by Jim Bates
Dave Callahan's browser was set to scroll through various news stories of the day. He was idly looking at them when one caught his eye: Is There Such A Thing As True Love? The story was based on an article a psychologist had written looking into the nature of true love. Dave was intrigued so he read it, but it turned out there wasn't anything astounding there. The psychologist had done a twenty year study and written an article detailing his findings. It all came down to what, in Dave's mind, was your basic psycho-babble about the nature of love and how everyone was different so every relationship was different and some relationships had stronger feelings of love than others, and blah, blah, blah, on and on, until Dave had just had enough. The author never even answered the question about whether or not there was such a thing as true love.
But what Dave found to be interesting was the "Comments" section at the end. There were over a thousand of them. A nerve had definitely been touched and reading some of them was quite interesting. The jest of it was that the vast majority of the people writing in were of the opinion that yes, in fact, they did believe in true love. By a margin of at least twenty to one. Easily.
Crazy, Dave thought to himself. Lots of romantic people out there.
Many of the comments were from women but there were a surprising number from men, and he found he couldn't stop reading them.
"I found my true love after divorcing my husband of fifteen years after years of neglect," one women wrote.
A guy said, "I married my high school sweet heart but it didn't work out. We just drifted apart. After we divorced, I met my true love."
Another female wrote, "We met in college and hit it off right away. We've been together ever since. It really is true love."
There were positive comments by straight couples and gay and lesbian couples and transgender couples. All types. In a way it was kind of cool, Dave thought, that there were so many happy couples out there.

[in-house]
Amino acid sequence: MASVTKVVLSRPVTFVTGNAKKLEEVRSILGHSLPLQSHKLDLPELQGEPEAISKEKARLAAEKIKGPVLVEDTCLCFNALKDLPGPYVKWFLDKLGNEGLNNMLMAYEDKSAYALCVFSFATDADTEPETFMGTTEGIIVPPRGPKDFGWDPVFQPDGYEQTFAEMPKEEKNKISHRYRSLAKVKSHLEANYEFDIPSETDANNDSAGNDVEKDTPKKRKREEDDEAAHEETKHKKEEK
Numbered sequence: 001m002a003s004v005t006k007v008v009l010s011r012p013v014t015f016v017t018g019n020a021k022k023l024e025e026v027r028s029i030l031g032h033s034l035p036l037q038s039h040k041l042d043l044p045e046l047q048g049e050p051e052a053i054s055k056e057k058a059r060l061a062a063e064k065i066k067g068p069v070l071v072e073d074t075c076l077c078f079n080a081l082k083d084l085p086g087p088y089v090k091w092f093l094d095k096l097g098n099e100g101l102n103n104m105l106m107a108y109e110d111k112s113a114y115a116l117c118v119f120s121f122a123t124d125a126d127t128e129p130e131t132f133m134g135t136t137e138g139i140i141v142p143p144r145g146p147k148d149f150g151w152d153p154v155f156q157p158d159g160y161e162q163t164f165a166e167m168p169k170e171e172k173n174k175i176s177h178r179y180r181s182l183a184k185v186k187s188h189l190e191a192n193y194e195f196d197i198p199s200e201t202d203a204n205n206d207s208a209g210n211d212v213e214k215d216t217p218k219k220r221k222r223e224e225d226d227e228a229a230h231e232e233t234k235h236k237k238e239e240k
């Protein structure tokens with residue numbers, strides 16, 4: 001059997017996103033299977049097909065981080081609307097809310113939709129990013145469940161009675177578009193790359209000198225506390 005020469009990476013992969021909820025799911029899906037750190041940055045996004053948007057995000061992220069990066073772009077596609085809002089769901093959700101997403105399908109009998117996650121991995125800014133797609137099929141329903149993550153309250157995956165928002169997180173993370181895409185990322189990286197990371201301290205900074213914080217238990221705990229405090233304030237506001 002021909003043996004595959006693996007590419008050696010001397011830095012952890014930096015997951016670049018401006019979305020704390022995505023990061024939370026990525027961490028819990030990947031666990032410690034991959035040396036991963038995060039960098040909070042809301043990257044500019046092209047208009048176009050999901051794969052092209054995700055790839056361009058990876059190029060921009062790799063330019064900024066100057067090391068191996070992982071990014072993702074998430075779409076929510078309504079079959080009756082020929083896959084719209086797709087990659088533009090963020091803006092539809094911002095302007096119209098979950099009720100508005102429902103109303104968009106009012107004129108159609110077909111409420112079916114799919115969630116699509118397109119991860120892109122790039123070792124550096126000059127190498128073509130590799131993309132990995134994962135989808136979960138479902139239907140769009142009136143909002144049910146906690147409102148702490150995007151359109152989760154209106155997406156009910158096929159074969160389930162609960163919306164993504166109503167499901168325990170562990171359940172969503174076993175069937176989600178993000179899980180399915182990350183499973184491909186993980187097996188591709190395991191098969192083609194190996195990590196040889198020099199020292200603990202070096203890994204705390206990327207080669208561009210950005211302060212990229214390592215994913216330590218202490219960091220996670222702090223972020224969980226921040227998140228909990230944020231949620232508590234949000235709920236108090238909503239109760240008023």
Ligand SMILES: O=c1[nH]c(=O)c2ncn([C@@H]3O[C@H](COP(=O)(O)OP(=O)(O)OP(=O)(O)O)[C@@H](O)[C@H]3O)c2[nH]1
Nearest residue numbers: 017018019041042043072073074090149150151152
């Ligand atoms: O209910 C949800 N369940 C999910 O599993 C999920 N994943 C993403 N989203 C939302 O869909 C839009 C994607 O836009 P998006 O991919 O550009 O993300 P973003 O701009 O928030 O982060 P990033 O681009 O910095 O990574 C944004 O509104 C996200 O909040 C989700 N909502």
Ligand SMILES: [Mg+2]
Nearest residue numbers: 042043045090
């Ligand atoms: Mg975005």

As the days went by, Dave found he really couldn't stop thinking about the article and the concept of having one true love. He knew a lot of happy couples, and, if he had to guess, all of them would subscribe to the belief that their relationship was one based on true love. They did seem happy together, and Dave had no reason to doubt them. But there were also many people he knew who had been divorced or had been in bad relationships. How did the idea of true love fit into their view of things?
He remembered a conversation he'd had with his mother shortly before she passed away. His parents had divorced when he was ten. His father had left his mother for another woman, whom he subsequently married. They were together for five years before his father died. Some years after his death, Dave's mother remarried and she spent the rest of her life in a happy relationship with her new husband. But when Dave asked his mother if she ever had experienced true love she answered without hesitating, "Why, yes, your father."
"How could that be?" Dave asked, "He left you for someone else."
"He was the first man I truly loved. Even after he left, I thought he might come back."